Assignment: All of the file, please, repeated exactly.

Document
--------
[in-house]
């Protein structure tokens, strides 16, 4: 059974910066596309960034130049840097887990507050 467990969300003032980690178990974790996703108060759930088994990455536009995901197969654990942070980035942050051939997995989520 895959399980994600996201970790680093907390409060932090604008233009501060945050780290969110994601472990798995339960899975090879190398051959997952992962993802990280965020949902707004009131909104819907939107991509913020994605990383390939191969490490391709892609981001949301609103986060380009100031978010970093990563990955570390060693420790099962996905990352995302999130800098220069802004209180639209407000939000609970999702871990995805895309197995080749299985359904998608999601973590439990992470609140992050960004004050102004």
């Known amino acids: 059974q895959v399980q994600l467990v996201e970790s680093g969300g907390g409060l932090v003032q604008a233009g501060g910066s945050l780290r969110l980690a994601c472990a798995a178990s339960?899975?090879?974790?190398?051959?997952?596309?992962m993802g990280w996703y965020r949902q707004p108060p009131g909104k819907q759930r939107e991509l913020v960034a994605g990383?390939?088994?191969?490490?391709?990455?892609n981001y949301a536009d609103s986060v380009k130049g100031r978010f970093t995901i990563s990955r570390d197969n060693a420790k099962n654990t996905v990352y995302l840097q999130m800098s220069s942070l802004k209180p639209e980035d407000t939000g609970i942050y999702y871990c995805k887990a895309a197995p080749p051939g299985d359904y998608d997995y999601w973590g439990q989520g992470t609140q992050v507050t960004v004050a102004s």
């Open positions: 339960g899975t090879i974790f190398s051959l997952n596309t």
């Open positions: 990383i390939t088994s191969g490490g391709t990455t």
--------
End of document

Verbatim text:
[in-house]
């Protein structure tokens, strides 16, 4: 059974910066596309960034130049840097887990507050 467990969300003032980690178990974790996703108060759930088994990455536009995901197969654990942070980035942050051939997995989520 895959399980994600996201970790680093907390409060932090604008233009501060945050780290969110994601472990798995339960899975090879190398051959997952992962993802990280965020949902707004009131909104819907939107991509913020994605990383390939191969490490391709892609981001949301609103986060380009100031978010970093990563990955570390060693420790099962996905990352995302999130800098220069802004209180639209407000939000609970999702871990995805895309197995080749299985359904998608999601973590439990992470609140992050960004004050102004």
């Known amino acids: 059974q895959v399980q994600l467990v996201e970790s680093g969300g907390g409060l932090v003032q604008a233009g501060g910066s945050l780290r969110l980690a994601c472990a798995a178990s339960?899975?090879?974790?190398?051959?997952?596309?992962m993802g990280w996703y965020r949902q707004p108060p009131g909104k819907q759930r939107e991509l913020v960034a994605g990383?390939?088994?191969?490490?391709?990455?892609n981001y949301a536009d609103s986060v380009k130049g100031r978010f970093t995901i990563s990955r570390d197969n060693a420790k099962n654990t996905v990352y995302l840097q999130m800098s220069s942070l802004k209180p639209e980035d407000t939000g609970i942050y999702y871990c995805k887990a895309a197995p080749p051939g299985d359904y998608d997995y999601w973590g439990q989520g992470t609140q992050v507050t960004v004050a102004s």
């Open positions: 339960g899975t090879i974790f190398s051959l997952n596309t």
């Open positions: 990383i390939t088994s191969g490490g391709t990455t």